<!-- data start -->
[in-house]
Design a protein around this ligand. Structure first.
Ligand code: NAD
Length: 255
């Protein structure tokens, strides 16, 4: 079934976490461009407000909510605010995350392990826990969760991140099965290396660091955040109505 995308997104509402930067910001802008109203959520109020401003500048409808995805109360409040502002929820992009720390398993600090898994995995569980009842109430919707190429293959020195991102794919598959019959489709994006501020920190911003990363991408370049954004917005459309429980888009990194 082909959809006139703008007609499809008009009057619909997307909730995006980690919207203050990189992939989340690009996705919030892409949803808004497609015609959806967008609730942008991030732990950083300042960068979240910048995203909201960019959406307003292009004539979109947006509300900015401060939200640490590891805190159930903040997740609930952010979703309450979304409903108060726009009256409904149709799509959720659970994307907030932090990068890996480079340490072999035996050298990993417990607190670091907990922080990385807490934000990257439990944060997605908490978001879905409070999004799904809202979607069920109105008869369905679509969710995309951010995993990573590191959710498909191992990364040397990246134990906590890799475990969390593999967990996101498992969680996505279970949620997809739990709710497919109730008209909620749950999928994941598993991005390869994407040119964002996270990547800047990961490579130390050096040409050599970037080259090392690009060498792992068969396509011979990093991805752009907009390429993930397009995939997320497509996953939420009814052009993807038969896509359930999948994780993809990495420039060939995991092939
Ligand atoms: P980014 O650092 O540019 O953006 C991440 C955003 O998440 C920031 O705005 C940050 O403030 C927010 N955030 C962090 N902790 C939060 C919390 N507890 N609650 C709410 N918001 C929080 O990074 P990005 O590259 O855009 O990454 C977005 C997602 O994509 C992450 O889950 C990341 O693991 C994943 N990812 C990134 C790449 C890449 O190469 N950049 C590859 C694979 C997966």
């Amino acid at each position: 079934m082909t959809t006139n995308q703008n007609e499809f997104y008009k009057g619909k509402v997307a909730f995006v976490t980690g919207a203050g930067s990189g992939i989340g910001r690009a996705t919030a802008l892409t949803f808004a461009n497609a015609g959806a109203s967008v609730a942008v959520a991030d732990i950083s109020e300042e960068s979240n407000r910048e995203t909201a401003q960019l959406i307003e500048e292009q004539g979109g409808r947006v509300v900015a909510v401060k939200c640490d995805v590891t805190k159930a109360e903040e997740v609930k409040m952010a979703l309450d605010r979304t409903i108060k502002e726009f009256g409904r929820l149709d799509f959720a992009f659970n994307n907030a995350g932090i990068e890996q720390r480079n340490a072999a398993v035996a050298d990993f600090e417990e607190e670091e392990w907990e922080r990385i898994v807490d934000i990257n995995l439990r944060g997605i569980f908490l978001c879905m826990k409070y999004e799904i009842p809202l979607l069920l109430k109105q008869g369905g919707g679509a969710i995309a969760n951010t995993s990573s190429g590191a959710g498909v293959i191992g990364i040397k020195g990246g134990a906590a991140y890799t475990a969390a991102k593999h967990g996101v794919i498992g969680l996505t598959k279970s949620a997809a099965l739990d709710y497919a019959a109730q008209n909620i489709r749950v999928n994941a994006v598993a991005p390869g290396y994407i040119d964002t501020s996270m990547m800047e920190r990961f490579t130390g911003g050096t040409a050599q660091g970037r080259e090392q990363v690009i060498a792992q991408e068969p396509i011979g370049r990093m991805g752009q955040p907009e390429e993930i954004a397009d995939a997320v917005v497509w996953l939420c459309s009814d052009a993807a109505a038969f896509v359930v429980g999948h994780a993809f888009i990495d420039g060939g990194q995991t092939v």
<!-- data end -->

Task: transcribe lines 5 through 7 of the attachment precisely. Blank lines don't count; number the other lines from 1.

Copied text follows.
């Protein structure tokens, strides 16, 4: 079934976490461009407000909510605010995350392990826990969760991140099965290396660091955040109505 995308997104509402930067910001802008109203959520109020401003500048409808995805109360409040502002929820992009720390398993600090898994995995569980009842109430919707190429293959020195991102794919598959019959489709994006501020920190911003990363991408370049954004917005459309429980888009990194 082909959809006139703008007609499809008009009057619909997307909730995006980690919207203050990189992939989340690009996705919030892409949803808004497609015609959806967008609730942008991030732990950083300042960068979240910048995203909201960019959406307003292009004539979109947006509300900015401060939200640490590891805190159930903040997740609930952010979703309450979304409903108060726009009256409904149709799509959720659970994307907030932090990068890996480079340490072999035996050298990993417990607190670091907990922080990385807490934000990257439990944060997605908490978001879905409070999004799904809202979607069920109105008869369905679509969710995309951010995993990573590191959710498909191992990364040397990246134990906590890799475990969390593999967990996101498992969680996505279970949620997809739990709710497919109730008209909620749950999928994941598993991005390869994407040119964002996270990547800047990961490579130390050096040409050599970037080259090392690009060498792992068969396509011979990093991805752009907009390429993930397009995939997320497509996953939420009814052009993807038969896509359930999948994780993809990495420039060939995991092939
Ligand atoms: P980014 O650092 O540019 O953006 C991440 C955003 O998440 C920031 O705005 C940050 O403030 C927010 N955030 C962090 N902790 C939060 C919390 N507890 N609650 C709410 N918001 C929080 O990074 P990005 O590259 O855009 O990454 C977005 C997602 O994509 C992450 O889950 C990341 O693991 C994943 N990812 C990134 C790449 C890449 O190469 N950049 C590859 C694979 C997966």
């Amino acid at each position: 079934m082909t959809t006139n995308q703008n007609e499809f997104y008009k009057g619909k509402v997307a909730f995006v976490t980690g919207a203050g930067s990189g992939i989340g910001r690009a996705t919030a802008l892409t949803f808004a461009n497609a015609g959806a109203s967008v609730a942008v959520a991030d732990i950083s109020e300042e960068s979240n407000r910048e995203t909201a401003q960019l959406i307003e500048e292009q004539g979109g409808r947006v509300v900015a909510v401060k939200c640490d995805v590891t805190k159930a109360e903040e997740v609930k409040m952010a979703l309450d605010r979304t409903i108060k502002e726009f009256g409904r929820l149709d799509f959720a992009f659970n994307n907030a995350g932090i990068e890996q720390r480079n340490a072999a398993v035996a050298d990993f600090e417990e607190e670091e392990w907990e922080r990385i898994v807490d934000i990257n995995l439990r944060g997605i569980f908490l978001c879905m826990k409070y999004e799904i009842p809202l979607l069920l109430k109105q008869g369905g919707g679509a969710i995309a969760n951010t995993s990573s190429g590191a959710g498909v293959i191992g990364i040397k020195g990246g134990a906590a991140y890799t475990a969390a991102k593999h967990g996101v794919i498992g969680l996505t598959k279970s949620a997809a099965l739990d709710y497919a019959a109730q008209n909620i489709r749950v999928n994941a994006v598993a991005p390869g290396y994407i040119d964002t501020s996270m990547m800047e920190r990961f490579t130390g911003g050096t040409a050599q660091g970037r080259e090392q990363v690009i060498a792992q991408e068969p396509i011979g370049r990093m991805g752009q955040p907009e390429e993930i954004a397009d995939a997320v917005v497509w996953l939420c459309s009814d052009a993807a109505a038969f896509v359930v429980g999948h994780a993809f888009i990495d420039g060939g990194q995991t092939v």